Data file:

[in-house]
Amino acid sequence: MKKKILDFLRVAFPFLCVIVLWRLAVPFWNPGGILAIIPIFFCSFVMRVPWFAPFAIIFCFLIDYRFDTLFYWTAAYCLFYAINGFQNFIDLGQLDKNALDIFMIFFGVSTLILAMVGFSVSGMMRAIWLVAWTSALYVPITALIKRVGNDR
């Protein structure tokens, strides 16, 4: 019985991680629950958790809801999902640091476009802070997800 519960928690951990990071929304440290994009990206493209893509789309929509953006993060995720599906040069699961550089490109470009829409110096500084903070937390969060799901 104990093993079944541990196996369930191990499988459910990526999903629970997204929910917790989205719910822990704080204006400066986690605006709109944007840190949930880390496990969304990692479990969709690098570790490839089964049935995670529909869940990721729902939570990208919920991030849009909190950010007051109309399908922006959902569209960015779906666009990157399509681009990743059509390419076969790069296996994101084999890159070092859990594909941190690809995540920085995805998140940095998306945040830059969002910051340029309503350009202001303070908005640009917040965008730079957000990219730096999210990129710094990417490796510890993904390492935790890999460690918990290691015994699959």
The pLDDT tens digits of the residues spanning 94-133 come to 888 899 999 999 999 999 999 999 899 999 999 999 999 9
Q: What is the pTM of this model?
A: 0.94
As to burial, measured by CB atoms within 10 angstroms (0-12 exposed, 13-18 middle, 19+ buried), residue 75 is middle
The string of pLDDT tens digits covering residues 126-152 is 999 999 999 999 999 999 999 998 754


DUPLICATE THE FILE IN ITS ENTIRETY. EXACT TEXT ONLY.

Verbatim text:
[in-house]
Amino acid sequence: MKKKILDFLRVAFPFLCVIVLWRLAVPFWNPGGILAIIPIFFCSFVMRVPWFAPFAIIFCFLIDYRFDTLFYWTAAYCLFYAINGFQNFIDLGQLDKNALDIFMIFFGVSTLILAMVGFSVSGMMRAIWLVAWTSALYVPITALIKRVGNDR
């Protein structure tokens, strides 16, 4: 019985991680629950958790809801999902640091476009802070997800 519960928690951990990071929304440290994009990206493209893509789309929509953006993060995720599906040069699961550089490109470009829409110096500084903070937390969060799901 104990093993079944541990196996369930191990499988459910990526999903629970997204929910917790989205719910822990704080204006400066986690605006709109944007840190949930880390496990969304990692479990969709690098570790490839089964049935995670529909869940990721729902939570990208919920991030849009909190950010007051109309399908922006959902569209960015779906666009990157399509681009990743059509390419076969790069296996994101084999890159070092859990594909941190690809995540920085995805998140940095998306945040830059969002910051340029309503350009202001303070908005640009917040965008730079957000990219730096999210990129710094990417490796510890993904390492935790890999460690918990290691015994699959």
The pLDDT tens digits of the residues spanning 94-133 come to 888 899 999 999 999 999 999 999 899 999 999 999 999 9
Q: What is the pTM of this model?
A: 0.94
As to burial, measured by CB atoms within 10 angstroms (0-12 exposed, 13-18 middle, 19+ buried), residue 75 is middle
The string of pLDDT tens digits covering residues 126-152 is 999 999 999 999 999 999 999 998 754